(only you can answer this)

    Microsoft has FREE evals; just go sign up for them- Good for 120 days (then you have to reinstall, i believe)
    Go buy some cheap $50 desktops off ebay, and go crazy.
    Google/bing for --> Microsoft Virtual Academy.
    GREAT material. Dive in!!

    How much do you HATE your job?
    If you hate it a LOT... then go get your CCNA first.
    My guess is that, SUDDENLY, you will land a jr/noc gig.

    But maybe a jr/noc position is too much of a Pay-cut??

    If so... then maybe stay with your job, and pursue the MCSA instead.

    It's really up to you.
    instead of trying to figure out what "the market" wants.... figure out what YOU want.

    ps,
    ignore the SQL server.
    Unless you have a background in databases.... it's no reason to start learning now.
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    DatabaseHeadDatabaseHead Member Posts: 2,753 ■■■■■■■■■■
    Didn't make it past this "call time metrics". Good luck on your wise decision. Whatever it maybe, like I said didn't read the rest but totally understand.
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    mgmguy1mgmguy1 Member Posts: 485 ■■■■□□□□□□
    Thank you all for your responses. I woke up this morning and signed for up the MCSA class at Delaware County Community college. Everybody has there own opinion on how to educate themselves.This decision of going to a community college may not be a popular preferred method of learning but I am giving this a shot. @Marklous, I would like to experience a role as a System Administrator to see what that's like. There are very few Junior Noc or Full on NOC jobs in my area. Lots of System Administration jobs thou requiring different levels of experience along with WAN/LAN knowledge. There are Cisco Networking Engineer jobs in my area but they want 5-7 years of experience and list of required skill sets that my current job does not let me get experience in. Hopefully getting my MCSA will open some doors for me.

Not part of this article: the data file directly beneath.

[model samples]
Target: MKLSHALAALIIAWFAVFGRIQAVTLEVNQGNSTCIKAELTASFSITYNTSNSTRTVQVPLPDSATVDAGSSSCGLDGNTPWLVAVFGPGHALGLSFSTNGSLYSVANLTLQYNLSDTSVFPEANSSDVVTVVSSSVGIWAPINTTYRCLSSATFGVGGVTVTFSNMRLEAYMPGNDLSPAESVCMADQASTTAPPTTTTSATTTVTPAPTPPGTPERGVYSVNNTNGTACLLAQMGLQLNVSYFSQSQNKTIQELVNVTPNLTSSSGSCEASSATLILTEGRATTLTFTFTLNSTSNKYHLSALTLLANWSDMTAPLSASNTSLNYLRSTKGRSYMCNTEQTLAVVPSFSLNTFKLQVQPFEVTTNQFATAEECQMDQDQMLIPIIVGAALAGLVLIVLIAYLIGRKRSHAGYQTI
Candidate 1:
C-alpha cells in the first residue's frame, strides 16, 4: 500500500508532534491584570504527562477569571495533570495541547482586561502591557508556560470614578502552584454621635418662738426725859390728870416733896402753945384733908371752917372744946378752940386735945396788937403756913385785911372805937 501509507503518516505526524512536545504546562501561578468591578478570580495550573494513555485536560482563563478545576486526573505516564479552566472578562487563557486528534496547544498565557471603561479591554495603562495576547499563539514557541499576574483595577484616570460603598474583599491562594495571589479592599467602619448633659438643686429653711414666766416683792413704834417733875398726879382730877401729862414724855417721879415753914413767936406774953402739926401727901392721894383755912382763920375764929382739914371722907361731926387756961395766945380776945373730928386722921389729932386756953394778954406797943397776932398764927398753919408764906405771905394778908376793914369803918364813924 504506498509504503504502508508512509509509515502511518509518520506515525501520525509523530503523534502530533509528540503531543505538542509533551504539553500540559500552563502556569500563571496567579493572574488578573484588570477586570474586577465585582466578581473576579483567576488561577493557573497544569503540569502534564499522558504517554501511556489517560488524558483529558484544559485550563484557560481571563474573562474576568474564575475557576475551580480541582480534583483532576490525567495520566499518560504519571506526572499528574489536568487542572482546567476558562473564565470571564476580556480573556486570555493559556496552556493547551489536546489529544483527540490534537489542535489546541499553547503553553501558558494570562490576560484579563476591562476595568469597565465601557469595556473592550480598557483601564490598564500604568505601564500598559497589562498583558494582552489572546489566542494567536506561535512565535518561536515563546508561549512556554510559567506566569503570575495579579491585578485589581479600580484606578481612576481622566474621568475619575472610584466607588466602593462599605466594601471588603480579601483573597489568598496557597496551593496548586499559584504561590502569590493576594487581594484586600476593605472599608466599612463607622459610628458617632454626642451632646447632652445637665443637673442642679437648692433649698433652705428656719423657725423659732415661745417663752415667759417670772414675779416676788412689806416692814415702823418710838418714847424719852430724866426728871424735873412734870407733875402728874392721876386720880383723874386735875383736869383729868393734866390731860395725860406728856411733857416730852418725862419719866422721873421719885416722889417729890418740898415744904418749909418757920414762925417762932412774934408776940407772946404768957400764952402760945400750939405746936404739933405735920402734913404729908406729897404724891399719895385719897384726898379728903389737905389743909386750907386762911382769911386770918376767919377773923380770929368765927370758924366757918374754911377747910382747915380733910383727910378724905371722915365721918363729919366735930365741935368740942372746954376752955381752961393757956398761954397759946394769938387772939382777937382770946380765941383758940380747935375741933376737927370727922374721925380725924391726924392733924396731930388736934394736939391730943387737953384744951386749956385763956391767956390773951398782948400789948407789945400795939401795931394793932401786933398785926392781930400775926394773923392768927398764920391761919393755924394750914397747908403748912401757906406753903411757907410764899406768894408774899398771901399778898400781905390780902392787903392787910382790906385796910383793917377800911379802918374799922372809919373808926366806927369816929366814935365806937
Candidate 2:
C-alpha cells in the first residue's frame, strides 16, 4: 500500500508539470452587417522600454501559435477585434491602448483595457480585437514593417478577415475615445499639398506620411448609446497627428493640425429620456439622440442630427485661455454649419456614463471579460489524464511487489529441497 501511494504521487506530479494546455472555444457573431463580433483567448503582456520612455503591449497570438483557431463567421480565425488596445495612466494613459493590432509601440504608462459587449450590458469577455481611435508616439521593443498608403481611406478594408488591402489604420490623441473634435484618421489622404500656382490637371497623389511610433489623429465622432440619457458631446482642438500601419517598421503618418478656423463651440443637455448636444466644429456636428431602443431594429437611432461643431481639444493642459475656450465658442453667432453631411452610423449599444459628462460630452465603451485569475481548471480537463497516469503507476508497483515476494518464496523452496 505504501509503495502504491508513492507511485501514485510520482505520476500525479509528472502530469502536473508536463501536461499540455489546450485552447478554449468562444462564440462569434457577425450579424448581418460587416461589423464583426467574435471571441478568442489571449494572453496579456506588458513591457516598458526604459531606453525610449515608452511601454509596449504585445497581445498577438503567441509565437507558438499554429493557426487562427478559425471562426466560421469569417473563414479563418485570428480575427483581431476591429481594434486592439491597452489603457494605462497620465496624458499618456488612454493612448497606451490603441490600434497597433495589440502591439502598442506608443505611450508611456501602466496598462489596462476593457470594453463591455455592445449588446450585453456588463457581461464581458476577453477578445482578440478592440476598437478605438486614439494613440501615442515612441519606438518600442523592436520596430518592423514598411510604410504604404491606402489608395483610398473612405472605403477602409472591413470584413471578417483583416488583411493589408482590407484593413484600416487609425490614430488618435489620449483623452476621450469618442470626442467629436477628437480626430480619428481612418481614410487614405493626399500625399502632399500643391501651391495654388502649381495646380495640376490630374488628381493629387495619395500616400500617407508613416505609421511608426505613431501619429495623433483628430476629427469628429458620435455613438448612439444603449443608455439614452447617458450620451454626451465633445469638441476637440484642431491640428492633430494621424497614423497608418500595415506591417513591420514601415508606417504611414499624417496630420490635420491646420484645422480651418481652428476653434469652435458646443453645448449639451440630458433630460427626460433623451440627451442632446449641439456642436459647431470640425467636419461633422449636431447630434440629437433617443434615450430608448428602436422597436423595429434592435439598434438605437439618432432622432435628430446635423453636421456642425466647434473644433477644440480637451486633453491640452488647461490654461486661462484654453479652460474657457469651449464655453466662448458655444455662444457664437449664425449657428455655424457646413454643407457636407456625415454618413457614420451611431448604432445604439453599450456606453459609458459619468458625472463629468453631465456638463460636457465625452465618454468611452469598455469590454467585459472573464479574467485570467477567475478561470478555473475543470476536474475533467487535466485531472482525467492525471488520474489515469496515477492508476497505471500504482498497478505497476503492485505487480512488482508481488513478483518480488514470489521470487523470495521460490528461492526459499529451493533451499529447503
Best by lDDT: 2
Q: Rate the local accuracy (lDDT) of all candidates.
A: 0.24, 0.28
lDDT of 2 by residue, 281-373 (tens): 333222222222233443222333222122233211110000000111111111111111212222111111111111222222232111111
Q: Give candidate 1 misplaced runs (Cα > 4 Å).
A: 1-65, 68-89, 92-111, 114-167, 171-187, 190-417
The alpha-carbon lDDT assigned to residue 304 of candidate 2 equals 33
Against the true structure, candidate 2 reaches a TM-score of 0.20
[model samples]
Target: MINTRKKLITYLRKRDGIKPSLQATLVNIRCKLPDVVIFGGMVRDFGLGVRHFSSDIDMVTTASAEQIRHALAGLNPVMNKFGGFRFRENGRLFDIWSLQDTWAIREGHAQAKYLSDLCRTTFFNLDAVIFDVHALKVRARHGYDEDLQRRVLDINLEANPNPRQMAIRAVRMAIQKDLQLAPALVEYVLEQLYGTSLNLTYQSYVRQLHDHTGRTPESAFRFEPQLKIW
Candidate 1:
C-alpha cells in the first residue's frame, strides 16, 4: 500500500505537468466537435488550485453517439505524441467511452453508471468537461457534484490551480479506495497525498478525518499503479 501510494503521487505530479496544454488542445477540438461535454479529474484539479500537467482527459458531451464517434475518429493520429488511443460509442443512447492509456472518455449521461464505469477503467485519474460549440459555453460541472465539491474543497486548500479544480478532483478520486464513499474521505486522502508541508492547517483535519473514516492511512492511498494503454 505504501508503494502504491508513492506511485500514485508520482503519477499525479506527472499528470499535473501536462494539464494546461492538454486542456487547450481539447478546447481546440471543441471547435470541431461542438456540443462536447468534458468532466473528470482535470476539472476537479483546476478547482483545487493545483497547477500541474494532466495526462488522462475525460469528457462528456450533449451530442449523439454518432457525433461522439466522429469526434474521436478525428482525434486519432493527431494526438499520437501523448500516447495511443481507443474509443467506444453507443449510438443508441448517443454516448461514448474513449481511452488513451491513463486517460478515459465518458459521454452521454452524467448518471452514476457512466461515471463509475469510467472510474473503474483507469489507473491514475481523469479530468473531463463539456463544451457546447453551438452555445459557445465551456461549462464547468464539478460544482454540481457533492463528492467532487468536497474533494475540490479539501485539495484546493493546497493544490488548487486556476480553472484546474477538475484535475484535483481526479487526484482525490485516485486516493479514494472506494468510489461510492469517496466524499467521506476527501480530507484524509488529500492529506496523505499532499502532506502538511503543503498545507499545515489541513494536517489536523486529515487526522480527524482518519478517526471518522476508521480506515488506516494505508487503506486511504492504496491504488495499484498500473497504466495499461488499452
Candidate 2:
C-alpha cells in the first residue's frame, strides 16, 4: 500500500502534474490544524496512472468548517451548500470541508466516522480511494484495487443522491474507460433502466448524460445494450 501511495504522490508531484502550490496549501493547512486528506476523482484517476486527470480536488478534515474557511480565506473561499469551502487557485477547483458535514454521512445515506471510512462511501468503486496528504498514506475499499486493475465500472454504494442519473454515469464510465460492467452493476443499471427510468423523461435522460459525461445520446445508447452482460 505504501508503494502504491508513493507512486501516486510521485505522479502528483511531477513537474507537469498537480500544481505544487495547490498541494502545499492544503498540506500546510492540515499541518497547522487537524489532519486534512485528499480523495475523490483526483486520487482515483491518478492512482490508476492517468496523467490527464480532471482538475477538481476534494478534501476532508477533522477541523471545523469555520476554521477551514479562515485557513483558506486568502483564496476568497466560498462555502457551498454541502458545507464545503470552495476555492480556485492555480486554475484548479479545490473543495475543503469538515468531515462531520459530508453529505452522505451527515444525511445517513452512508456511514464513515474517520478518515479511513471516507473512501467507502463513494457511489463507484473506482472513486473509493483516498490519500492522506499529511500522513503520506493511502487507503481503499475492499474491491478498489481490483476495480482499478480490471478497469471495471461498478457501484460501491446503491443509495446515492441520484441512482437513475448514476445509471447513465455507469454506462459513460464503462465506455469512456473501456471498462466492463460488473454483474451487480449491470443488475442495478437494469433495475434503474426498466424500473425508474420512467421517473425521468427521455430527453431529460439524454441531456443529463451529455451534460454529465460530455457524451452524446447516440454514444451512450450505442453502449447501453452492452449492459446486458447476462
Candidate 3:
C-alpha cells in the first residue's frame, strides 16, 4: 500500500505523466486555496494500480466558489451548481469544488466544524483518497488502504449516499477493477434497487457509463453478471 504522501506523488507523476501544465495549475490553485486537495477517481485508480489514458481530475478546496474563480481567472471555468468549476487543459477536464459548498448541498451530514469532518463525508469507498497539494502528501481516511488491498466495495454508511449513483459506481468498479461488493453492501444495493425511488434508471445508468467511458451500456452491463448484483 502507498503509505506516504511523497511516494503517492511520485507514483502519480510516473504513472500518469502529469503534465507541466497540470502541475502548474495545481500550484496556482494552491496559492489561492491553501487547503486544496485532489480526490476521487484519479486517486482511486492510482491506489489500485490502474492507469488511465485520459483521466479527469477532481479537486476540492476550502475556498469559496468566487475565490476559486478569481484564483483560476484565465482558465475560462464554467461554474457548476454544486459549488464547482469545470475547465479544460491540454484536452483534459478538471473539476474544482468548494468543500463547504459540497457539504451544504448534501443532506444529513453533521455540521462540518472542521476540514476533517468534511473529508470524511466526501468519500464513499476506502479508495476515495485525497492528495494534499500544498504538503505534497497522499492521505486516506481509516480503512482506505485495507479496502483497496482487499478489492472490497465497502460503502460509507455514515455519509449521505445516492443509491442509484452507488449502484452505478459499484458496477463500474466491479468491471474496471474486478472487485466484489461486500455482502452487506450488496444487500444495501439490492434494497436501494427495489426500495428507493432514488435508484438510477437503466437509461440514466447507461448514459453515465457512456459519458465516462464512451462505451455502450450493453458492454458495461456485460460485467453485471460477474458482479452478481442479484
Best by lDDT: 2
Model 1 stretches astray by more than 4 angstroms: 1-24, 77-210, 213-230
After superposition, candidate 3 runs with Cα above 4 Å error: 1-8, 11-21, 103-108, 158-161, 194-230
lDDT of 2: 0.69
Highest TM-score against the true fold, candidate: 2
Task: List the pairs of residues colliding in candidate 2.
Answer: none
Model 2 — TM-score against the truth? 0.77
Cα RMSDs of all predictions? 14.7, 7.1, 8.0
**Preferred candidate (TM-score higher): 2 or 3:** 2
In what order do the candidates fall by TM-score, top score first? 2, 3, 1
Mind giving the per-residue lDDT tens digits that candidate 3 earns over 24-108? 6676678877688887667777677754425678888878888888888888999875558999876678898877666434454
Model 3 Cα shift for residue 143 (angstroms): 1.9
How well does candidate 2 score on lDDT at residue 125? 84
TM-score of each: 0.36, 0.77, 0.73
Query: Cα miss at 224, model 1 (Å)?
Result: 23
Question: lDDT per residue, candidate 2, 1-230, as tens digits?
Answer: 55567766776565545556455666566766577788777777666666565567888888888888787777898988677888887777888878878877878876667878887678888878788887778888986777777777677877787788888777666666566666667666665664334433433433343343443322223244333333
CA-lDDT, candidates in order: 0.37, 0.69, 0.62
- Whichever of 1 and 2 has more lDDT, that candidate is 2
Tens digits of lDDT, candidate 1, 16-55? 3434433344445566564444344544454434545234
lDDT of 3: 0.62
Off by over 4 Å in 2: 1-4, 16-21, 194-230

"A lot of fellows nowadays have a B.A., M.D., or Ph.D. Unfortunately, they don't have a J.O.B."

    Fats Domino
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    volfkhatvolfkhat Member Posts: 1,057 ■■■■■■■■□□
    mgmguy1 wrote: »
    I woke up this morning and signed for up the MCSA class at Delaware County Community college. Everybody has there own opinion on how to educate themselves.This decision of going to a community college may not be a popular preferred method of learning but I am giving this a shot.

    In terms of I.T., i think getting an associates from a community college is a great alternative. The costs associated with the traditional University path have spiraled out of control.

    Just make sure the CC you attend has a worthwhile program...
    Good Luck!